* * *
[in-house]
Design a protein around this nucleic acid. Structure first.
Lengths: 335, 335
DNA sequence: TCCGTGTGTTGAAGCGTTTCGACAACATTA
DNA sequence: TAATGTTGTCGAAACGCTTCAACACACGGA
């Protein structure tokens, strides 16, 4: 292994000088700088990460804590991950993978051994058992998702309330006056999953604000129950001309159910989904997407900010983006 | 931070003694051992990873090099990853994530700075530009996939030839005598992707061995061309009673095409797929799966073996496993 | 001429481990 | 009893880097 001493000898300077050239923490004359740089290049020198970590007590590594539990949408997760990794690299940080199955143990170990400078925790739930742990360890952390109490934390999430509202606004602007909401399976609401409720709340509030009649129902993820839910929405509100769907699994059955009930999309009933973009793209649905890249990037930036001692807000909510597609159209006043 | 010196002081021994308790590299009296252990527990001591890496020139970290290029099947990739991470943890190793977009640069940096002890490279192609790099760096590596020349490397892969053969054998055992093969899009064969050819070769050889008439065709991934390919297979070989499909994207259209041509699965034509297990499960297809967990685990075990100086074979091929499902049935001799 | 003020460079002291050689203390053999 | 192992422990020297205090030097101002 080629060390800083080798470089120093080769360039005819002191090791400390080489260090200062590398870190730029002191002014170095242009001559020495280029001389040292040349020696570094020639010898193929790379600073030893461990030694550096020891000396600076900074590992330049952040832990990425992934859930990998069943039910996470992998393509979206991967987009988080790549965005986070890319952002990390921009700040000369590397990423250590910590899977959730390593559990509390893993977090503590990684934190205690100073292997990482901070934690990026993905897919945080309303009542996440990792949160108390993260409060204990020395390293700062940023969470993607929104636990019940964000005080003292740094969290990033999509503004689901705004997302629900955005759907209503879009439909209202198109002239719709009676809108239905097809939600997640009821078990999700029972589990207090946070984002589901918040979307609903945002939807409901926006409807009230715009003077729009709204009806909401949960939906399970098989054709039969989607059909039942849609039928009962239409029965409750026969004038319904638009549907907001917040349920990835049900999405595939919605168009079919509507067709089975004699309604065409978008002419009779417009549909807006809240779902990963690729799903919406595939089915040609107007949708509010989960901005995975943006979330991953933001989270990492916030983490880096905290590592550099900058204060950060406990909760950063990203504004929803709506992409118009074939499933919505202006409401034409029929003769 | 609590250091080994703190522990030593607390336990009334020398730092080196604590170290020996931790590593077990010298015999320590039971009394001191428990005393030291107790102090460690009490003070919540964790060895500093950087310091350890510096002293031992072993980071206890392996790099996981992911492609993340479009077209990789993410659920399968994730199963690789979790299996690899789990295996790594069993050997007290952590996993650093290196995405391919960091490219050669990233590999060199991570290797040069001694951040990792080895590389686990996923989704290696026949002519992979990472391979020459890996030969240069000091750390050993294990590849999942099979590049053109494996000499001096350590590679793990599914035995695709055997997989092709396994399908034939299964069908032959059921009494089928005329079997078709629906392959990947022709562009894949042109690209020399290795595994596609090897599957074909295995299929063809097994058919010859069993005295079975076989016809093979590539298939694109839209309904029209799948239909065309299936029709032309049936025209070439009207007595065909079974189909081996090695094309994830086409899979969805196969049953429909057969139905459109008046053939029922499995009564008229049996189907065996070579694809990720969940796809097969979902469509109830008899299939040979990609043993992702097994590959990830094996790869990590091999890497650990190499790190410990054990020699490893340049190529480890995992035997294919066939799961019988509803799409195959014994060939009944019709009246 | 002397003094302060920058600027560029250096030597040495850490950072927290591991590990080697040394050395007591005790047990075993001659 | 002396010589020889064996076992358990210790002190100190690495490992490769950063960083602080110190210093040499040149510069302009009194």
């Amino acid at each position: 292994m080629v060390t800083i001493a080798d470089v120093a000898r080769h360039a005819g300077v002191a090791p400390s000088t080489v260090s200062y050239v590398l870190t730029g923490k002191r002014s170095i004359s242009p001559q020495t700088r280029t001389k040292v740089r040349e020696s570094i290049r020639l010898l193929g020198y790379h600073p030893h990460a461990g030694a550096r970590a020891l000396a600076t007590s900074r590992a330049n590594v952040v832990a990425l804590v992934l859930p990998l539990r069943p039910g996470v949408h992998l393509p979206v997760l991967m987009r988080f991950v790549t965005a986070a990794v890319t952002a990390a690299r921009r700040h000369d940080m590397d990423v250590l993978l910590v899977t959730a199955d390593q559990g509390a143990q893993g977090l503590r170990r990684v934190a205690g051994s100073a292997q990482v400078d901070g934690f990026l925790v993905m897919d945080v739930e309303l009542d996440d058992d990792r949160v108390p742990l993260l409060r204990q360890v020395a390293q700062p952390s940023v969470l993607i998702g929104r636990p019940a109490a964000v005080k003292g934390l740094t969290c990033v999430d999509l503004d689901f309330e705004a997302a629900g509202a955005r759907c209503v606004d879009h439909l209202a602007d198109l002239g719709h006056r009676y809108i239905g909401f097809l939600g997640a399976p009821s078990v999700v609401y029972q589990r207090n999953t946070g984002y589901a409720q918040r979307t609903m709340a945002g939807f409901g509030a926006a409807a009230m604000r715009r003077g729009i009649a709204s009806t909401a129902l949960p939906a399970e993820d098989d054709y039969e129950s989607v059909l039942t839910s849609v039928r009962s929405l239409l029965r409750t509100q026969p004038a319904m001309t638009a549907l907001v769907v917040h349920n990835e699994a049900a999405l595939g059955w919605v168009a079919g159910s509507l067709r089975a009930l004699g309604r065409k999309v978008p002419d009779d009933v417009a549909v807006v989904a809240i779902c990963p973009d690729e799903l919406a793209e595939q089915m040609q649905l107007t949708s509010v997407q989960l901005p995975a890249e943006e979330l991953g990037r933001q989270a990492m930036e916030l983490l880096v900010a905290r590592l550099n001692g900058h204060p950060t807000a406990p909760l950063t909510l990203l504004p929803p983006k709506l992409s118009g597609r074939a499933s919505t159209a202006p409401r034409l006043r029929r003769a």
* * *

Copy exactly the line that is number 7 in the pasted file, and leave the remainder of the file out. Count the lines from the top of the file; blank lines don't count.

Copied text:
């Amino acid at each position: 292994m080629v060390t800083i001493a080798d470089v120093a000898r080769h360039a005819g300077v002191a090791p400390s000088t080489v260090s200062y050239v590398l870190t730029g923490k002191r002014s170095i004359s242009p001559q020495t700088r280029t001389k040292v740089r040349e020696s570094i290049r020639l010898l193929g020198y790379h600073p030893h990460a461990g030694a550096r970590a020891l000396a600076t007590s900074r590992a330049n590594v952040v832990a990425l804590v992934l859930p990998l539990r069943p039910g996470v949408h992998l393509p979206v997760l991967m987009r988080f991950v790549t965005a986070a990794v890319t952002a990390a690299r921009r700040h000369d940080m590397d990423v250590l993978l910590v899977t959730a199955d390593q559990g509390a143990q893993g977090l503590r170990r990684v934190a205690g051994s100073a292997q990482v400078d901070g934690f990026l925790v993905m897919d945080v739930e309303l009542d996440d058992d990792r949160v108390p742990l993260l409060r204990q360890v020395a390293q700062p952390s940023v969470l993607i998702g929104r636990p019940a109490a964000v005080k003292g934390l740094t969290c990033v999430d999509l503004d689901f309330e705004a997302a629900g509202a955005r759907c209503v606004d879009h439909l209202a602007d198109l002239g719709h006056r009676y809108i239905g909401f097809l939600g997640a399976p009821s078990v999700v609401y029972q589990r207090n999953t946070g984002y589901a409720q918040r979307t609903m709340a945002g939807f409901g509030a926006a409807a009230m604000r715009r003077g729009i009649a709204s009806t909401a129902l949960p939906a399970e993820d098989d054709y039969e129950s989607v059909l039942t839910s849609v039928r009962s929405l239409l029965r409750t509100q026969p004038a319904m001309t638009a549907l907001v769907v917040h349920n990835e699994a049900a999405l595939g059955w919605v168009a079919g159910s509507l067709r089975a009930l004699g309604r065409k999309v978008p002419d009779d009933v417009a549909v807006v989904a809240i779902c990963p973009d690729e799903l919406a793209e595939q089915m040609q649905l107007t949708s509010v997407q989960l901005p995975a890249e943006e979330l991953g990037r933001q989270a990492m930036e916030l983490l880096v900010a905290r590592l550099n001692g900058h204060p950060t807000a406990p909760l950063t909510l990203l504004p929803p983006k709506l992409s118009g597609r074939a499933s919505t159209a202006p409401r034409l006043r029929r003769a």